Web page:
The recent black hole image, captured by the Event Horizon Telescope (EHT) – a network of eight linked telescopes – was rendered by Dr Bouman’s algorithm. Good article by Katy Steinmetz in Time Magazine online:

Though her work developing algorithms was a crucial to the project, Bouman sees her real contribution as bringing a way of thinking to the table. “What I did was brought the culture of testing ourselves,” she says. The project combined experts from all sorts of scientific backgrounds, ranging from physicists to mathematicians, and she saw the work through the lens of computer science, stressing the importance of running tests on synthetic data and making sure that the methods they used to make the image kept human bias out of the equation.

Bouman says that most of the time she’s not focused on the fact that she’s in a field where women are the minority. “But I do sometimes think about it. How do we get more women involved?” she says. “One key is showing that when you go into fields like computer science and engineering, it’s not just sitting in a lab putting together a circuit or typing on your computer.”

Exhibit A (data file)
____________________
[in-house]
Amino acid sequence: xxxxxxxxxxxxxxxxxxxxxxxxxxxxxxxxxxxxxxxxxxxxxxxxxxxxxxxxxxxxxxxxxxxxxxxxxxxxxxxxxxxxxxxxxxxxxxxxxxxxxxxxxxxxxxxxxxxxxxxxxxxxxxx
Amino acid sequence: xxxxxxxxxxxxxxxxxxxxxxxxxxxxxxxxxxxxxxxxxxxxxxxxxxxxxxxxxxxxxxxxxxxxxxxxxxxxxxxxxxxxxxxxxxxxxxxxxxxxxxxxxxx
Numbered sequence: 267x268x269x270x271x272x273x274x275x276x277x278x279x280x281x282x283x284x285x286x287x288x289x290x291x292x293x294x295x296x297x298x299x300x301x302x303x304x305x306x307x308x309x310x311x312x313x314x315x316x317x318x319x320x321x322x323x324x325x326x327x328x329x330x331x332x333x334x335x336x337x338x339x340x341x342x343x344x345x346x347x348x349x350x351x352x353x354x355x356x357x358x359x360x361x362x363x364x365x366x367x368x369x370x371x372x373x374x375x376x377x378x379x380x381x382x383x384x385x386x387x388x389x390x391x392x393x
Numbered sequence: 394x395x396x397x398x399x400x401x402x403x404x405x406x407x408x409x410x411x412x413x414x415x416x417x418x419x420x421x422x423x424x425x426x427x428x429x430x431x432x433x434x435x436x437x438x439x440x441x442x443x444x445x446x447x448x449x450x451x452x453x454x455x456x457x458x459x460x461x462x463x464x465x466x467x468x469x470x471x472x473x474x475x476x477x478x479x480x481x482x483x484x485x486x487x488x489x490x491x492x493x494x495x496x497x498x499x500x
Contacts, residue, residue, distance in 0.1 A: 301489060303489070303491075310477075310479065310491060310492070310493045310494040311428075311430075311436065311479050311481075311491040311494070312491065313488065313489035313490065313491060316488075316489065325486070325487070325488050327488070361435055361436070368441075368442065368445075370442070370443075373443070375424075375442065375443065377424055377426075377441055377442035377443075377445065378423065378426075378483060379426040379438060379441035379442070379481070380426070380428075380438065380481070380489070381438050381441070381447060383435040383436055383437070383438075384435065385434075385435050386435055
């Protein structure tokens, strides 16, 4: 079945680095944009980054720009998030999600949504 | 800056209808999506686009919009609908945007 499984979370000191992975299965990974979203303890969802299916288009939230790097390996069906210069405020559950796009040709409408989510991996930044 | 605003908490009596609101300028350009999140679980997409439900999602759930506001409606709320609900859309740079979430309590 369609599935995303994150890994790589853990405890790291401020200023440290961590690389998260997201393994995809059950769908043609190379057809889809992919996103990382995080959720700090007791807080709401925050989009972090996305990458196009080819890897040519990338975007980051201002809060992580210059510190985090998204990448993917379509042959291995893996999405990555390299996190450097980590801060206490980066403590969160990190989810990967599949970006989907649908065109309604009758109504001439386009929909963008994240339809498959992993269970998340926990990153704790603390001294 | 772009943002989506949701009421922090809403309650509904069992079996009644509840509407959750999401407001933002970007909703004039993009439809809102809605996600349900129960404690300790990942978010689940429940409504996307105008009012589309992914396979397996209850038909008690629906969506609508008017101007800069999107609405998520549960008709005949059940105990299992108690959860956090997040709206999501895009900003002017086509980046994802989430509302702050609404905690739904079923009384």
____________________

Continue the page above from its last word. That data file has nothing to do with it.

She  plans to continue work with the Event Horizon Telescope team, which is adding satellite dishes in space to the network of telescopes here on Earth that were used to produce the image released on Wednesday. With the increased perspective and power, she says, they just might be able to make movies of black holes in addition to still images.

“It’s exciting,” she says. And that’s also her message for the next generation who might consider careers like hers. “As long as you’re excited and you’re motivated to work on it, then you should never feel like you can’t do it.”

More here

 

 

KTPs – Graduate jobs straddling academia and industry

Thanks to my colleague Deborah Fowlis for this great introduction to KTPs

If you’d like to work for a local company and manage your own projects while earning a competitive graduate salary, a Knowledge Transfer Partnership (KTP) may be for you.

What are Knowledge Transfer Partnerships?
The KTP scheme is one of the UKs largest graduate employment programmes and one of the longest running. It helps business to innovate and grow by providing three-way collaboration between universities, organisations and graduates.